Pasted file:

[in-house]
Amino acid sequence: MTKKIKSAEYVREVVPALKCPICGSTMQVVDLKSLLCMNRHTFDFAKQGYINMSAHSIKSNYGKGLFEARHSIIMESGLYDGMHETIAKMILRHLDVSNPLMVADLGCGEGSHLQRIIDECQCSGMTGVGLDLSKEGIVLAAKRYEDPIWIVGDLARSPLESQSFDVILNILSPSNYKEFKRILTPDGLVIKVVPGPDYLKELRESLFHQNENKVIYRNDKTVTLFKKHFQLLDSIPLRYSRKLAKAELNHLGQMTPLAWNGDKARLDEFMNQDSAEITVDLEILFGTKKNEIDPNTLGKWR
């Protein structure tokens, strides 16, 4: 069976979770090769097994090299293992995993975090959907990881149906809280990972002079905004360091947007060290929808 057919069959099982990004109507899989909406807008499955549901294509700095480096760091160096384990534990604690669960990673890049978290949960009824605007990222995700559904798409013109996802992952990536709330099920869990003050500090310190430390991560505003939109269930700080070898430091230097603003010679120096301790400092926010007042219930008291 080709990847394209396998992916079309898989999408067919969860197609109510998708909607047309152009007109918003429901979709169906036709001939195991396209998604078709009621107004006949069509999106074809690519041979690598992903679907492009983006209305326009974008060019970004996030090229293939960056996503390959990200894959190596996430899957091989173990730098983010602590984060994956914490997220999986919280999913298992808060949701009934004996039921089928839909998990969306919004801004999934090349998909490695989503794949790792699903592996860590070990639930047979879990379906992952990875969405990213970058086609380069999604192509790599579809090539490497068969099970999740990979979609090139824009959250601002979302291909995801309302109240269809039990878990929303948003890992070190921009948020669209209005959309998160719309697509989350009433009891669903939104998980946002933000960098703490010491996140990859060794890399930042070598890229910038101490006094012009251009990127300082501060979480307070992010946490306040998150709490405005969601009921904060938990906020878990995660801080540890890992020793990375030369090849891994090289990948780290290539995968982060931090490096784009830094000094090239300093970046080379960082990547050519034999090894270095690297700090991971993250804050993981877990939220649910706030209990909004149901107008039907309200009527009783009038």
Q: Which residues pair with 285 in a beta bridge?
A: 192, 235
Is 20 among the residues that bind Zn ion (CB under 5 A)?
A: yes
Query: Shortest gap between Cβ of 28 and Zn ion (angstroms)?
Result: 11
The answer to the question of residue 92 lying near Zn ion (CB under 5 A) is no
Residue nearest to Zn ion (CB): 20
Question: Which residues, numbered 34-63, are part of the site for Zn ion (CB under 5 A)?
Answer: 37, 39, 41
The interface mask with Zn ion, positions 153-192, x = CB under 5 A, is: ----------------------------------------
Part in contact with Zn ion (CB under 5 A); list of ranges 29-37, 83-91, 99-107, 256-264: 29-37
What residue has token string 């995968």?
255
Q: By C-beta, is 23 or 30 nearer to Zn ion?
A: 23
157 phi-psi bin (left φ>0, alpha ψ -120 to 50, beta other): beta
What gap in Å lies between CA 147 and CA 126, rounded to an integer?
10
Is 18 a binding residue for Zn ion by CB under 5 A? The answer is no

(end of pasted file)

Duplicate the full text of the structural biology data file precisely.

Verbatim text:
[in-house]
Amino acid sequence: MTKKIKSAEYVREVVPALKCPICGSTMQVVDLKSLLCMNRHTFDFAKQGYINMSAHSIKSNYGKGLFEARHSIIMESGLYDGMHETIAKMILRHLDVSNPLMVADLGCGEGSHLQRIIDECQCSGMTGVGLDLSKEGIVLAAKRYEDPIWIVGDLARSPLESQSFDVILNILSPSNYKEFKRILTPDGLVIKVVPGPDYLKELRESLFHQNENKVIYRNDKTVTLFKKHFQLLDSIPLRYSRKLAKAELNHLGQMTPLAWNGDKARLDEFMNQDSAEITVDLEILFGTKKNEIDPNTLGKWR
């Protein structure tokens, strides 16, 4: 069976979770090769097994090299293992995993975090959907990881149906809280990972002079905004360091947007060290929808 057919069959099982990004109507899989909406807008499955549901294509700095480096760091160096384990534990604690669960990673890049978290949960009824605007990222995700559904798409013109996802992952990536709330099920869990003050500090310190430390991560505003939109269930700080070898430091230097603003010679120096301790400092926010007042219930008291 080709990847394209396998992916079309898989999408067919969860197609109510998708909607047309152009007109918003429901979709169906036709001939195991396209998604078709009621107004006949069509999106074809690519041979690598992903679907492009983006209305326009974008060019970004996030090229293939960056996503390959990200894959190596996430899957091989173990730098983010602590984060994956914490997220999986919280999913298992808060949701009934004996039921089928839909998990969306919004801004999934090349998909490695989503794949790792699903592996860590070990639930047979879990379906992952990875969405990213970058086609380069999604192509790599579809090539490497068969099970999740990979979609090139824009959250601002979302291909995801309302109240269809039990878990929303948003890992070190921009948020669209209005959309998160719309697509989350009433009891669903939104998980946002933000960098703490010491996140990859060794890399930042070598890229910038101490006094012009251009990127300082501060979480307070992010946490306040998150709490405005969601009921904060938990906020878990995660801080540890890992020793990375030369090849891994090289990948780290290539995968982060931090490096784009830094000094090239300093970046080379960082990547050519034999090894270095690297700090991971993250804050993981877990939220649910706030209990909004149901107008039907309200009527009783009038």
Q: Which residues pair with 285 in a beta bridge?
A: 192, 235
Is 20 among the residues that bind Zn ion (CB under 5 A)?
A: yes
Query: Shortest gap between Cβ of 28 and Zn ion (angstroms)?
Result: 11
The answer to the question of residue 92 lying near Zn ion (CB under 5 A) is no
Residue nearest to Zn ion (CB): 20
Question: Which residues, numbered 34-63, are part of the site for Zn ion (CB under 5 A)?
Answer: 37, 39, 41
The interface mask with Zn ion, positions 153-192, x = CB under 5 A, is: ----------------------------------------
Part in contact with Zn ion (CB under 5 A); list of ranges 29-37, 83-91, 99-107, 256-264: 29-37
What residue has token string 């995968």?
255
Q: By C-beta, is 23 or 30 nearer to Zn ion?
A: 23
157 phi-psi bin (left φ>0, alpha ψ -120 to 50, beta other): beta
What gap in Å lies between CA 147 and CA 126, rounded to an integer?
10
Is 18 a binding residue for Zn ion by CB under 5 A? The answer is no